Handling Employee Feuds

Handling Employee Feuds

When two of your employees are in conflict, the consequences can involve your entire staff. The case may even resound in the highest echelons of your company. On the other hand, it’s easy to distort the differences between two individuals. A mild disagreement, even a quarrel, may represent a temporary state of affairs. People, being human, don’t always like or respect one another. However, when you become aware of friction between employees there are steps…

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Dealing with the Interpersonal Problems

Dealing with the Interpersonal Problems

“Among the touchiest, most explosive problems an executive must face,” says Lee J. Smith, president of Tri-Tex Advertising, of Dallas, “are those dealing with attitudes, values, or habits of subordinates.” What’s referred to here are situations that arise on the work scene that cannot be dealt with on a simple matter-of-fact basis. For example: A valued employee tells you he’s leaving for another job. You must fire a subordinate. An employee complains to you about…

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Getting the most out of employee ideas

Getting the most out of employee ideas

Even in the absence of suggestion systems, subordinates will make suggestions or offer ideas that they think bring about desirable improvements on the work scene. When an employee offers an idea, how do you push for a payoff? Consider these moves: 1. Develop and refine. Often when an employee brings you an idea, it’s half-baked. You have to help him develop the idea to where it is usable. You and he—and others who can contribute—put…

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Learn how to say no.

Learn how to say no.

An abrupt no is usually painful to the person to whom it is addressed. What is worse, it can sever a relationship, sever communications. As a rule, a no is necessary in three types of situations: an offer of service from a subordinate a question asked for the purpose of getting information a request intended to produce a favor or benefit If a no is followed by thank you, the offer of service shows the…

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What to do, when decisions go sour?

What to do, when decisions go sour?

Executives—using one method or another—somehow manage to make decisions. But only a small percentage of decision-makers know how to proceed when a decision goes wrong. And remember, even the most carefully considered, well-planned decision can turn sour. Five positive moves may save the day: Recognizing. his move is a “must” prelude to all the others. Clear-headed, honest recognition of the fact that, on this particular decision, you have come up with a clinker. It may…

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Three types of "Motivation"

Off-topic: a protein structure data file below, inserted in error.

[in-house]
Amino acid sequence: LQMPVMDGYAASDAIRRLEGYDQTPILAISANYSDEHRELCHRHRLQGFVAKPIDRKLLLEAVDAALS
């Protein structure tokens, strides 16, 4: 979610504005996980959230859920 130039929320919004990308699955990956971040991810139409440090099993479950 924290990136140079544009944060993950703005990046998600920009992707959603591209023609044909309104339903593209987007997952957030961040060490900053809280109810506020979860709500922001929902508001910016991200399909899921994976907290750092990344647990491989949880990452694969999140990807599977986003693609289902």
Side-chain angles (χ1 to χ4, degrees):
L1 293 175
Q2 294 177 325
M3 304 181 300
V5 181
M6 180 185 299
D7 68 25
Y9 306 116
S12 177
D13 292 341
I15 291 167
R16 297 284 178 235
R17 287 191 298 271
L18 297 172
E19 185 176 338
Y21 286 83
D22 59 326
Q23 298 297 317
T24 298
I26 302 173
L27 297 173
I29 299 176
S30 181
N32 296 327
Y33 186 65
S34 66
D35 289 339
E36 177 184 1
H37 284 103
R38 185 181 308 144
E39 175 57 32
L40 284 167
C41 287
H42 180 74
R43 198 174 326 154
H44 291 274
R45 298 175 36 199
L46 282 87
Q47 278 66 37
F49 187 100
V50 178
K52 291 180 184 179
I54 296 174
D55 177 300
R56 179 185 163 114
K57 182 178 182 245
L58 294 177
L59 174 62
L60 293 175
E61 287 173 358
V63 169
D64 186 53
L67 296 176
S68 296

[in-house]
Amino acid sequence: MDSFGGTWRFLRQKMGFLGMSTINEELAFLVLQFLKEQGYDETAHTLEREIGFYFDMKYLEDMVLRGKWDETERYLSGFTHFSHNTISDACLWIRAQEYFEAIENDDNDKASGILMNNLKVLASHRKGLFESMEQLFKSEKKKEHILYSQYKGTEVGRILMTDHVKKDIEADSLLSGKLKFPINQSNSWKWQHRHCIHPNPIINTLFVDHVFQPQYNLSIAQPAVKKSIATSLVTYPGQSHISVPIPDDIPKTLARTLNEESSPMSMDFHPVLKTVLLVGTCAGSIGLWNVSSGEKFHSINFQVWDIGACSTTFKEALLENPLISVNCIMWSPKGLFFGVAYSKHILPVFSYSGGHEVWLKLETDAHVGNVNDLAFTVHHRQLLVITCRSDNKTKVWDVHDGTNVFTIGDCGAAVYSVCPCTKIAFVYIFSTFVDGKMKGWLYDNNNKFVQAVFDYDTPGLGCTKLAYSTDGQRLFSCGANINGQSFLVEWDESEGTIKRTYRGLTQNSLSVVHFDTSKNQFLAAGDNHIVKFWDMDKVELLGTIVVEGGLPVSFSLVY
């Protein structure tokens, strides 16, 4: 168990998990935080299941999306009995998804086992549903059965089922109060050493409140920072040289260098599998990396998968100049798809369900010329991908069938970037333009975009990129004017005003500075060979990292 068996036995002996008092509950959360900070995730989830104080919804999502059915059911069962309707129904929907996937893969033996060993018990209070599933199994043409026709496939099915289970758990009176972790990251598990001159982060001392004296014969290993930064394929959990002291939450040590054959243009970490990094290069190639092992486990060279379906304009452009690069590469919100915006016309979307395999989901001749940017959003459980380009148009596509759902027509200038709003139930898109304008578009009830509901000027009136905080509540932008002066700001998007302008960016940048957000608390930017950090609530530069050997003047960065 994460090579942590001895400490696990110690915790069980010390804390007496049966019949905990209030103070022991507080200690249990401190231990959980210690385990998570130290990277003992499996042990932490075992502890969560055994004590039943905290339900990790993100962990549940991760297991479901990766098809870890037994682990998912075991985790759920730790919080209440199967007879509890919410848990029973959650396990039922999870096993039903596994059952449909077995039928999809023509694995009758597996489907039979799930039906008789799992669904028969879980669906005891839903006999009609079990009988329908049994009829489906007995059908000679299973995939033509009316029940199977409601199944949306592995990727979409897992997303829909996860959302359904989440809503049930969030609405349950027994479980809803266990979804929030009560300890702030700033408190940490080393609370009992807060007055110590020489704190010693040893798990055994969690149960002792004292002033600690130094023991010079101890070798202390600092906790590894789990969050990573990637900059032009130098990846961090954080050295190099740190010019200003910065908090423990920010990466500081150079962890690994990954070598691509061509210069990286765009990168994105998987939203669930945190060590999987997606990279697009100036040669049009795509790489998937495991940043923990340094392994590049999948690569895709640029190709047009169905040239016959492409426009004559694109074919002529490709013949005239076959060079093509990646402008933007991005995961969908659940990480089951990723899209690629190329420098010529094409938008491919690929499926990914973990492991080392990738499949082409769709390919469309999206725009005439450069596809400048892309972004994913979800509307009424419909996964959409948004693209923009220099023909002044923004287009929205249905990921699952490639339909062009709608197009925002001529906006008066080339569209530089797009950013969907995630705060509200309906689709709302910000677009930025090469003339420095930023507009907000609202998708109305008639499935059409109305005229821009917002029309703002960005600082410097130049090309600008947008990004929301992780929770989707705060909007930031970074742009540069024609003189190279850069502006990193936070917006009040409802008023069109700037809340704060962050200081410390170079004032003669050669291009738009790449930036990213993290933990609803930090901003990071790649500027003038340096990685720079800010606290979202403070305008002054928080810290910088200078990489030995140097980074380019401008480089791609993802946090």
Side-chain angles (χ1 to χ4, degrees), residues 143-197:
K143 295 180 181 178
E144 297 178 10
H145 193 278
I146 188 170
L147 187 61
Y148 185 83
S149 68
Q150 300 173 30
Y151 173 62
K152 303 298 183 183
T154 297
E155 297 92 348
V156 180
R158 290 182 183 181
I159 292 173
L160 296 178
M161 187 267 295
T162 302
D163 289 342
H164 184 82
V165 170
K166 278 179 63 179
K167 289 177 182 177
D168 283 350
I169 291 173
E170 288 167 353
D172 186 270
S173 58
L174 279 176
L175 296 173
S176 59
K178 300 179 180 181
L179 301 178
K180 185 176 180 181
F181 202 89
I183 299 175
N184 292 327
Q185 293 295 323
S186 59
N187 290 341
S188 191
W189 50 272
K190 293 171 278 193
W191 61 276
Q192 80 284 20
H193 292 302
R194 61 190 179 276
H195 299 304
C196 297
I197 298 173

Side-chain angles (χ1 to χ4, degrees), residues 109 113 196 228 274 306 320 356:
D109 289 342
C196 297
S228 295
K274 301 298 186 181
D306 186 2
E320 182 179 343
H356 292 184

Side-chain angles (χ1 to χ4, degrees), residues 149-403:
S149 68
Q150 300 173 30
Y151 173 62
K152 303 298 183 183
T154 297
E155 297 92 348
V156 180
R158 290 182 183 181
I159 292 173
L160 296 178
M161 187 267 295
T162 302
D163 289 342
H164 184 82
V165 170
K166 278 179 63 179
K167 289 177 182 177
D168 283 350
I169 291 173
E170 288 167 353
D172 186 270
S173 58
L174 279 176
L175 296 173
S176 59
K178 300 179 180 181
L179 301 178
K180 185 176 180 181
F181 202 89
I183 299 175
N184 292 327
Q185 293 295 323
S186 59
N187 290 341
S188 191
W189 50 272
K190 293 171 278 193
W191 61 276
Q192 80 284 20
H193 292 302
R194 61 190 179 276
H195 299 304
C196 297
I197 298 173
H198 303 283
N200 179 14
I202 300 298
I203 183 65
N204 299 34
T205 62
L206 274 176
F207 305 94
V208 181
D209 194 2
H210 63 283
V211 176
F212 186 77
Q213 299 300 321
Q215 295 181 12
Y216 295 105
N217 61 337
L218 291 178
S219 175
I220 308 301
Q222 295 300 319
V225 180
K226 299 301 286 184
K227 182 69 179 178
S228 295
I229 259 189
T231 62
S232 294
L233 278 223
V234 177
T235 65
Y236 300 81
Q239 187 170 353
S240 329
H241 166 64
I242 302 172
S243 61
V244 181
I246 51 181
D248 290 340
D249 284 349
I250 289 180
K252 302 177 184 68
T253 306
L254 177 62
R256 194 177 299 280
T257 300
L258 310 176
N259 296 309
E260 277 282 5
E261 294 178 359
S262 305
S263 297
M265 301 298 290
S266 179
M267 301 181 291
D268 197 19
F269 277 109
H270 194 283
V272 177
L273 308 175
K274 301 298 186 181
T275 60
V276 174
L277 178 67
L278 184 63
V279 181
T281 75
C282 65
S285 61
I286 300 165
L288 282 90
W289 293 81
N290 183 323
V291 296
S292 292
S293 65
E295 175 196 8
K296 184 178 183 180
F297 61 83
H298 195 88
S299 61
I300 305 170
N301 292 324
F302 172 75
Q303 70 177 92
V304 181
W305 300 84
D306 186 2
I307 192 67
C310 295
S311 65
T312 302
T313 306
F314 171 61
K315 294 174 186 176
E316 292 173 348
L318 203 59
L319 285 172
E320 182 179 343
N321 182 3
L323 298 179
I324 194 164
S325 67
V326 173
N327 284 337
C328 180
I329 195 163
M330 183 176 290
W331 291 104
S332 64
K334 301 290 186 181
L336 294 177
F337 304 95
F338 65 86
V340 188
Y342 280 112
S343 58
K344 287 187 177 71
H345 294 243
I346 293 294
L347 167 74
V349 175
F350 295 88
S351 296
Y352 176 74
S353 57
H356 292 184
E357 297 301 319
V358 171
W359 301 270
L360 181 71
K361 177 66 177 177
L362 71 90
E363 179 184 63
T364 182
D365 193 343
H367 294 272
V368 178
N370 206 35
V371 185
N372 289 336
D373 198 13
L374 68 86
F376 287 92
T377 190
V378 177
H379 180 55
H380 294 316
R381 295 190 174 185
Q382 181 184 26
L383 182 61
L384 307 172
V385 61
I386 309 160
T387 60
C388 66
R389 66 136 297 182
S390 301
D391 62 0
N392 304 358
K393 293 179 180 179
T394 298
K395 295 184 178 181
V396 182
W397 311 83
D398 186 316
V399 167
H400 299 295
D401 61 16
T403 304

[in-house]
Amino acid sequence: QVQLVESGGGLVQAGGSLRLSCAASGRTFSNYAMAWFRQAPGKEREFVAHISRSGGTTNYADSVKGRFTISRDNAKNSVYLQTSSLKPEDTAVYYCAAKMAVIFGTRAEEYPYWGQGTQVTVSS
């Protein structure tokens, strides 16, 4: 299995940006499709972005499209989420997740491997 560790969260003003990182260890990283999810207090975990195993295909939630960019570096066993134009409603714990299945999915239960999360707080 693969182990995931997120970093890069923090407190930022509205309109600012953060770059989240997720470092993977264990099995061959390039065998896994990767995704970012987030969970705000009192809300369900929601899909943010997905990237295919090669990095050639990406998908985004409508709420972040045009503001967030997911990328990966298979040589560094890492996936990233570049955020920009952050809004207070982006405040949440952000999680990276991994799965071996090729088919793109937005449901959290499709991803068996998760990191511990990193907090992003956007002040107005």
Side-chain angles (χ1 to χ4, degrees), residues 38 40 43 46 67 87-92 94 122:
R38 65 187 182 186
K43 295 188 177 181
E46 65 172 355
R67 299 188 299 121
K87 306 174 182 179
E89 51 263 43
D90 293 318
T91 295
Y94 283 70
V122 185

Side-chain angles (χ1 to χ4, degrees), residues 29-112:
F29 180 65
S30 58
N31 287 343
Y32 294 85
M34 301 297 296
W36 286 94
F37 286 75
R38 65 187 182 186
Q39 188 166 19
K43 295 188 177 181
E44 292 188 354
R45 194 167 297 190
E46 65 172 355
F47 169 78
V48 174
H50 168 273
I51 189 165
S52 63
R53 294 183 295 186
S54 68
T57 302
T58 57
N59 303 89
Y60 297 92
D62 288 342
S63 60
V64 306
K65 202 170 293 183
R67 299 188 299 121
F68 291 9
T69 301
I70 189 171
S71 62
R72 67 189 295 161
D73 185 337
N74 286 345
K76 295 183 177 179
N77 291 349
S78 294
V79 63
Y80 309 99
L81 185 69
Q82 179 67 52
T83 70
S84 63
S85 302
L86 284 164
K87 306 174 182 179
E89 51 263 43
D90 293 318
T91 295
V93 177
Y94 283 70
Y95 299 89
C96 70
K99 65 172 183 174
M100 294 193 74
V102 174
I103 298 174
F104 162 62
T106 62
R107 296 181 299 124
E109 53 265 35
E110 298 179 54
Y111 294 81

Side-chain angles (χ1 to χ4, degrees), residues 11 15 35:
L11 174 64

Three types of “Motivation”

Why do people do things? For example, what makes an employee get out of a comfortable bed to brave the problems and ordeals of a job? What makes an executive apply himself to a task, work over-time to complete a particularly challenging project? In general, people are moved to act by three types of motives: 1. External motivation. Many people do what they do because they’re told to do it. A parent tells a child…

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Solving Unsolvable Problems

Solving Unsolvable Problems

“Reaching for the moon” is a phrase that denotes trying to achieve the impossible. But now in our lifetime comes the achievement that gives the lie to the old phrase. Our national heroes, Neil Armstrong, Michael Collins, and Edwin Aldrin, did the undoable by achieving the objectives of Apollo Eleven and being the first men on the moon. The feat made the whole world proud—and thoughtful. Perhaps other “undoable” tasks are within our reach. At…

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How to decide which job comes first?

How to decide which job comes first?

When you have two or more jobs to do, which comes first? Essentially, what’s involved in the establishment of a priority. Of course, when the urgency of one project is obvious, there is no problem. But frequently the sequence in which to tackle a series of projects isn’t self-evident. In such a situation, consider these four principles: Principle No. 1: Do the easier job first With the easy job out of the way, the executive…

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How To Balance A-Team?

How To Balance A-Team?

Recently, there has been a trend towards the task-force or project-team approach. This means the executive must devote some thought to the makeup of a task force he may create, so it may function effectively. Small groups lack some elements that apply to larger ones. First, smaller units, of two or three members for example, cannot be “organized” in the same sense as a large group. And the question of leadership worsens. Consider the problem…

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Improving your public speaking effectiveness

Improving your public speaking effectiveness

“The executive who talks impressively in public may not be better than his tongue-tied opposite number, but he sure makes a better impression.” That’s a common opinion in top executive circles. The average executive has many opportunities for public speaking. Every­thing from the informal company meeting to an invitation to address an industry-wide convention may come your way. If you are less effective as a public speaker than you would like to be, consider first…

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